In 2017, the streets of the Black Country Museum were used in the biopic of comedy duo Laurel and Hardy.  Stan & Ollie was a major release movie documenting what would become their farewell tour of the UK. The storyline shows them playing to dwindling audiences, dealing with past grievances, struggling with health problems and reminiscing about the past.

 The museum was a perfect period setting for many scenes in Children on the Titanic. Children taking drama lessons from around the Black Country and Birmingham were auditioned and cast for the dramatic reconstructions along with local actors and street-players who regularly entertain visitors to the museum.

 Other locations used for filming were the Merseyside seaside town of Southport and the Merseyside Maritime Museum in Liverpool. Titanic was registered in Liverpool and the museum houses a fine collection of exhibits of the doomed liner including many items from the wreck.

 
 

Hollie Steel as Betty

 

Thank you, Simon Cowell – ten years ago Hollie Steel gave millions of viewers one of the most memorable and emotional moments seen on Britain’s Got Talent. In 2009, when Hollie Steel was 10, she was singing on the live top-rated show when she momentarily forgot the words to ‘Edelweiss’. Hollie pleaded with judge Simon Cowell for a second chance and it was at this moment that her future singing career was in the balance.

 Cowell was so impressed by Hollie’s singing voice and presentation that he famously gave Hollie a second chance which meant that the 10 o’clock news had to be delayed – a very rare occurrence. Three years later Hollie recorded the musical numbers for Children on the Titanic and was invited to play the central character, Betty, in the musical docudrama. At the time of writing, Hollie is now 21 and has just spent a year playing ‘Frenchy’ in the musical Grease on the world’s largest cruise ship Harmony of the Seas.

 Interesting that Harmony of the Seas can carry 6.780 guests when all the berths are occupied compared with the world’s largest passenger ship of 1912, RMS Titanic, that had a capacity of 2.009. Along with modern technology, Hollie’s time on a modern-day cruise ship was, in part, made safer by innovations and regulations introduced after the sinking of the Titanic.

 The star location for Children on the Titanic is the Black Country Living Museum in the heart of Britain’s Midlands – the birthplace of the Industrial Revolution.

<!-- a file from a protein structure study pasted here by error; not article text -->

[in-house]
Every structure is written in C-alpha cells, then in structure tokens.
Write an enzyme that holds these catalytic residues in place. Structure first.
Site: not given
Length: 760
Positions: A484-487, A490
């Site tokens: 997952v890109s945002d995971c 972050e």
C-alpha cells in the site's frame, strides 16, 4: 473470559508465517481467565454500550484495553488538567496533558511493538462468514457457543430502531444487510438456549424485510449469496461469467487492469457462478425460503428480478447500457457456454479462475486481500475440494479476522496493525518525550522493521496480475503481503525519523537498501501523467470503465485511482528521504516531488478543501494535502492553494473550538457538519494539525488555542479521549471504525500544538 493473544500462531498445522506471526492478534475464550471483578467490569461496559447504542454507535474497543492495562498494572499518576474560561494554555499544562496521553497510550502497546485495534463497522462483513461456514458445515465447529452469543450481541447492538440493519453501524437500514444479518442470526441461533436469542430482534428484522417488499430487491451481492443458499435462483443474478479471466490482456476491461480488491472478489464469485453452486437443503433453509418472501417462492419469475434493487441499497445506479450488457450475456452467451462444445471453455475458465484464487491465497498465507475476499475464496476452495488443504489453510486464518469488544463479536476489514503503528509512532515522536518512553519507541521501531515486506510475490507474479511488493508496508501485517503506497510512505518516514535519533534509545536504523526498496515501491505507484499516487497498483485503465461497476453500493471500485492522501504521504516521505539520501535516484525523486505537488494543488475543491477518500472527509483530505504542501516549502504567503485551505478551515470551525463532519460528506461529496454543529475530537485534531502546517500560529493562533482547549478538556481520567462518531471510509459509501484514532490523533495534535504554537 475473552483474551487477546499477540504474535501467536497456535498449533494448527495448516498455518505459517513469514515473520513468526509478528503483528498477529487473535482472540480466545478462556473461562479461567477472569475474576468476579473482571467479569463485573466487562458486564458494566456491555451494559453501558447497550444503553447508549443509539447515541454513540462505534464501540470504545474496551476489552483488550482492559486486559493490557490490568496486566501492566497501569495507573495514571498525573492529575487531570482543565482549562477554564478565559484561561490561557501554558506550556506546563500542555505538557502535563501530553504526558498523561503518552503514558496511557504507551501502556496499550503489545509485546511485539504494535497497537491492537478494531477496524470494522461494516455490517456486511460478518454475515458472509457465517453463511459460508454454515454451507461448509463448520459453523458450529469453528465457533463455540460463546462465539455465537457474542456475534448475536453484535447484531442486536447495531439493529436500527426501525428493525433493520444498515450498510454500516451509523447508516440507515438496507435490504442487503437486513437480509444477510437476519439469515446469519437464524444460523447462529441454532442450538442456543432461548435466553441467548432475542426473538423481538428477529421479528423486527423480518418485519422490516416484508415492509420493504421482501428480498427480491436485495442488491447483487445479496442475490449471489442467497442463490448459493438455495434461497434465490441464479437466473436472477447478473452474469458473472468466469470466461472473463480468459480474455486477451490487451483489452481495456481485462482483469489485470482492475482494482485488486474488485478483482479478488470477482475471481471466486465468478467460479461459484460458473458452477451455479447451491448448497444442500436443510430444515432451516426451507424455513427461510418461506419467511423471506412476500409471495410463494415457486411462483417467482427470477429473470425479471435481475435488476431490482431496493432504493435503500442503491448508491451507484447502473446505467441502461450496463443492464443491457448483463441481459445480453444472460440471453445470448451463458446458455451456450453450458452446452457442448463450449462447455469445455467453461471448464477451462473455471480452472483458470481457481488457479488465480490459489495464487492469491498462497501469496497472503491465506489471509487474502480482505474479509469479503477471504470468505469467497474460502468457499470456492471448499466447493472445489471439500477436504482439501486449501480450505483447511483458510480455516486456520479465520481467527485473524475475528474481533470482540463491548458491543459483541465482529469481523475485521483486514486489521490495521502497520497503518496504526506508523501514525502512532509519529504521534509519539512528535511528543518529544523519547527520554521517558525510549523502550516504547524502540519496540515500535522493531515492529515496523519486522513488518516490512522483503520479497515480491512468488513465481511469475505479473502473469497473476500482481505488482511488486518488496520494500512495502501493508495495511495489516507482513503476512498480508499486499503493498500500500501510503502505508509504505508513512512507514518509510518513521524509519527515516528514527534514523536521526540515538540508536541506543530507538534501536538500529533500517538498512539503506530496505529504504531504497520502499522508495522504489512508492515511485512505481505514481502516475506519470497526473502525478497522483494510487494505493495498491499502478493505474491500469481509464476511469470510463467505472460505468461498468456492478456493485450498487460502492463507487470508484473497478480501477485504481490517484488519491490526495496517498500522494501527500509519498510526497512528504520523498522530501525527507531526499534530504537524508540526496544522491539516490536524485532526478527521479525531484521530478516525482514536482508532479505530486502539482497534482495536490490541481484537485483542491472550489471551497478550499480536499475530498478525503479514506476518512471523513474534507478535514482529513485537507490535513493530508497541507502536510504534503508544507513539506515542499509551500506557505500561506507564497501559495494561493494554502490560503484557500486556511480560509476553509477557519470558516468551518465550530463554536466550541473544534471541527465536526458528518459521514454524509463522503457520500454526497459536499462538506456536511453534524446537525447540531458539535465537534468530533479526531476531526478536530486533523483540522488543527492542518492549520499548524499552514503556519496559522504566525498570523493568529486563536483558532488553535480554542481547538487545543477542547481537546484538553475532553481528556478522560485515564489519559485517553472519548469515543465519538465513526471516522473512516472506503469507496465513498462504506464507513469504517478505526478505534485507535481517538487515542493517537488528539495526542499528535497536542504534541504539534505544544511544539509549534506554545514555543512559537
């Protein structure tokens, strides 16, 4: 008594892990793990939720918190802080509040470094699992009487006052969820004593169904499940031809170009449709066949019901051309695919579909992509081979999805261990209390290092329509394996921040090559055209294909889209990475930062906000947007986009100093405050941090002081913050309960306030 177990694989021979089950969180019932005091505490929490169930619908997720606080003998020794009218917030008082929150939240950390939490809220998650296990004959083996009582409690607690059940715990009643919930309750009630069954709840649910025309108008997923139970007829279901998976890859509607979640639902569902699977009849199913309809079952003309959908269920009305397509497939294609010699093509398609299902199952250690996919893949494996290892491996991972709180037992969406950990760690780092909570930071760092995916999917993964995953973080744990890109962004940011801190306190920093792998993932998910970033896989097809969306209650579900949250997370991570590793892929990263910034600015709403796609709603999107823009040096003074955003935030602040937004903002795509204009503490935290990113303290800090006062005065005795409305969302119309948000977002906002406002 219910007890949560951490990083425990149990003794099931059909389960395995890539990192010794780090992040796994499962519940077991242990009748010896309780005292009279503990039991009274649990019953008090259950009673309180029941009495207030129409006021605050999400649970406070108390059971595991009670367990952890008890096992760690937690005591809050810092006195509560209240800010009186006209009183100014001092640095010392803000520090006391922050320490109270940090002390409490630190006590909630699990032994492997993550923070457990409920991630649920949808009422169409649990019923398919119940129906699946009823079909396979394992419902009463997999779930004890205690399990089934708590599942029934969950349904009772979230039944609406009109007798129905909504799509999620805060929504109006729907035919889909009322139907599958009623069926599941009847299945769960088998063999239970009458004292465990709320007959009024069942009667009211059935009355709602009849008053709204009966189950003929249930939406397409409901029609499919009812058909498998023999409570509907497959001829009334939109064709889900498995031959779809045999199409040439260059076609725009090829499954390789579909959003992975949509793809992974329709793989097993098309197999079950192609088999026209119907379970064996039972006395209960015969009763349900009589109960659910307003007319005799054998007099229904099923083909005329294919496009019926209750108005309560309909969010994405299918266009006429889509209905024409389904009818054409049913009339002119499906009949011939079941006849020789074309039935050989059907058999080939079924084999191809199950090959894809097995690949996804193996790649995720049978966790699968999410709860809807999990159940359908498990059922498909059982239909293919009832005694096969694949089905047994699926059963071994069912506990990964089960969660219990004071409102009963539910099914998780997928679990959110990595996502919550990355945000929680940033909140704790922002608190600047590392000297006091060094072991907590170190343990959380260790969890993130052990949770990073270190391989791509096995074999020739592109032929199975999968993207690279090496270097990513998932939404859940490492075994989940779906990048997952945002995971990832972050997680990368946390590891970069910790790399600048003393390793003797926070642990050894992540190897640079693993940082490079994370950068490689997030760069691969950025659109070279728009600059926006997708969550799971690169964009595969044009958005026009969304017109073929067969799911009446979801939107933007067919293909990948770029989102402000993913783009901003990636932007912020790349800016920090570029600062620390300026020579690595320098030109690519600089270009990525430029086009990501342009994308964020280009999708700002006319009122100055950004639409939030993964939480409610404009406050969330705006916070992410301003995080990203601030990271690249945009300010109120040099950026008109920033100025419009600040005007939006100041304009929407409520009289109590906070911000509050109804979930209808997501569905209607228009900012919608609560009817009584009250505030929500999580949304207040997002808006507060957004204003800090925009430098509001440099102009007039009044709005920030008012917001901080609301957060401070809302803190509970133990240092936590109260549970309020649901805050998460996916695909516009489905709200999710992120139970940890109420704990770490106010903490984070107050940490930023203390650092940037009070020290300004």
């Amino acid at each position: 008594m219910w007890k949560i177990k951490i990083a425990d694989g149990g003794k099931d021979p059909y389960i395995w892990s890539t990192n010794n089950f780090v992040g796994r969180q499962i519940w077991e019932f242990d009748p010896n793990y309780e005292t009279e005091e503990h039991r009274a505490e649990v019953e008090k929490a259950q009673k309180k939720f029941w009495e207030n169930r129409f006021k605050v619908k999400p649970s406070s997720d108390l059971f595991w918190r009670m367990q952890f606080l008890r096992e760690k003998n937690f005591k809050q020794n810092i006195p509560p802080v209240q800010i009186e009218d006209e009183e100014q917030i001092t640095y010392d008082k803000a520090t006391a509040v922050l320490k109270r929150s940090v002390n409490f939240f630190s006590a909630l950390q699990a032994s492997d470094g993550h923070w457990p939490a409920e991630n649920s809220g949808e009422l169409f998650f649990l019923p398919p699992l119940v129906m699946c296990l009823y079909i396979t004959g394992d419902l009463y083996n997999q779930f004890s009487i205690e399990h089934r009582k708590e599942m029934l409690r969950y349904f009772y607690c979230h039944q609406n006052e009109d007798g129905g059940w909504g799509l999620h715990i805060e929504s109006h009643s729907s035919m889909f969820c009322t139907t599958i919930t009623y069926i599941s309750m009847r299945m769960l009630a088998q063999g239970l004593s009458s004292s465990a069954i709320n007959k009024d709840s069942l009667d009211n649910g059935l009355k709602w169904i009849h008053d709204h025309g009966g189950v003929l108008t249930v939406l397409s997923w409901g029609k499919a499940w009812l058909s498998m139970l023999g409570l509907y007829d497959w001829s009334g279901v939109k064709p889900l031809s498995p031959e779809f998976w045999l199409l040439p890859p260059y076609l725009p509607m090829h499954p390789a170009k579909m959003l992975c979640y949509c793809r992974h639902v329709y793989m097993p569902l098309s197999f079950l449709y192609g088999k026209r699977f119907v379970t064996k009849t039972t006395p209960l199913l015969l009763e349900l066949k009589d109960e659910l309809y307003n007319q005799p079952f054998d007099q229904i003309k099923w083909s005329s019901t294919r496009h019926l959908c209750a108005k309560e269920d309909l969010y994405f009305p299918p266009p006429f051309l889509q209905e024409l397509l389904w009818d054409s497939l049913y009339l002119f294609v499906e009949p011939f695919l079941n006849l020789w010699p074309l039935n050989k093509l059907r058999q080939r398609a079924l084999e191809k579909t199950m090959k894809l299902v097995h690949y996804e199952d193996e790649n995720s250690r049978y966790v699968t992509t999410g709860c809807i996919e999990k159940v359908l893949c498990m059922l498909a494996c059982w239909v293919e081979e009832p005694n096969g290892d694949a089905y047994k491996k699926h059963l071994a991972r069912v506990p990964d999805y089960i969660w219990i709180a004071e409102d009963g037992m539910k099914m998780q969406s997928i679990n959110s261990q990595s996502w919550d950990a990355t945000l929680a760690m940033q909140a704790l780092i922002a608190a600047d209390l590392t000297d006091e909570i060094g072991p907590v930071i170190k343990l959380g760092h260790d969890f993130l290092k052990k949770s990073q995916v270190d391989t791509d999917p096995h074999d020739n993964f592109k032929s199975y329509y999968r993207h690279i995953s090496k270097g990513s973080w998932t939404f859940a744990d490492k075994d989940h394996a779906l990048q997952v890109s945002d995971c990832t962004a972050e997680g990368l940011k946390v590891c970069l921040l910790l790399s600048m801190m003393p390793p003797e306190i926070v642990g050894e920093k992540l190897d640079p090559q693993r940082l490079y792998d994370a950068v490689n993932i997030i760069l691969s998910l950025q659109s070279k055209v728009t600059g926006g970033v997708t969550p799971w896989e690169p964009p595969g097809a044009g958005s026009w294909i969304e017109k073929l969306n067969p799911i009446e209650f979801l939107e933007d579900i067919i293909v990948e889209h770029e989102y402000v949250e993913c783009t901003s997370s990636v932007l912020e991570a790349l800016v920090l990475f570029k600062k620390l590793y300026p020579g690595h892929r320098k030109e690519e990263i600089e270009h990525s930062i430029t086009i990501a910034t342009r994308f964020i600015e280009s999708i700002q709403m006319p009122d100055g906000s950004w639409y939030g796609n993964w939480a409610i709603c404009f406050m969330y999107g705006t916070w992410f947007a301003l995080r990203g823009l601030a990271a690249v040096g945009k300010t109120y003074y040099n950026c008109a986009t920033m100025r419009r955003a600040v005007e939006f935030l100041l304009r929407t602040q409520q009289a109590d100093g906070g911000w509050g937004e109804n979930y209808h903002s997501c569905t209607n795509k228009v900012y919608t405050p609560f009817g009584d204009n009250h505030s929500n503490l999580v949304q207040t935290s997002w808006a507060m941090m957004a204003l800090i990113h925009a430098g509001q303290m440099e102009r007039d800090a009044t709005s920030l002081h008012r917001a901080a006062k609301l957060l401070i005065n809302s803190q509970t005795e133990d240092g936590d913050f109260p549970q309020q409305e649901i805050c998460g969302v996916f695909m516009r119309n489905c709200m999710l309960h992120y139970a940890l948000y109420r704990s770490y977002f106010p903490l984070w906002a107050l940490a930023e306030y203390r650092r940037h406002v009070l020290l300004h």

The Black Country is a collection of 20 or so towns set around Dudley, Sandwell, Walsall and Wolverhampton. There are no exact boundaries to this region that built the world’s first successful steam engine, delivered the first steam train on US soil and forged the anchor for the Titanic. Black Country towns made some of the world’s earliest safes, vaults, cars, bicycles and motor-bikes. A tough place to live and work in bygone days.

 The name of the Black Country was coined by an emissary of Abraham Lincoln who was scouting for arms to be shipped to the Union side in the American Civil War. In 1862 the American Consul Elihu Burritt famously described this hard-working characterful part of England as “black by day and red by night” having observed the ever-present black smog by day and the fiery glow of the furnaces at night.

 Britain’s second largest city Birmingham, another giant of the Industrial Revolution, is just a few miles to the east of the Black Country. Birmingham is known to many TV viewers around the world as the home of the notorious Peaky Blinders street-gang of the 1900s – scenes for the drama series about this notorious gang were shot across the 28 acres of the Black Country Living Museum.

 The buildings and backdrops of the open-air museum have been used for many films and documentaries set in the late 19th and early 20th centuries.

 In 2017, the streets of the Black Country Museum were used in the biopic of comedy duo Laurel and Hardy.  Stan & Ollie was a major release movie documenting what would become their farewell tour of the UK. The storyline shows them playing to dwindling audiences, dealing with past grievances, struggling with health problems and reminiscing about the past.

 The museum was a perfect period setting for many scenes in Children on the Titanic. Children taking drama lessons from around the Black Country and Birmingham were auditioned and cast for the dramatic reconstructions along with local actors and street-players who regularly entertain visitors to the museum.

 Other locations used for filming were the Merseyside seaside town of Southport and the Merseyside Maritime Museum in Liverpool. Titanic was registered in Liverpool and the museum houses a fine collection of exhibits of the doomed liner including many items from the wreck.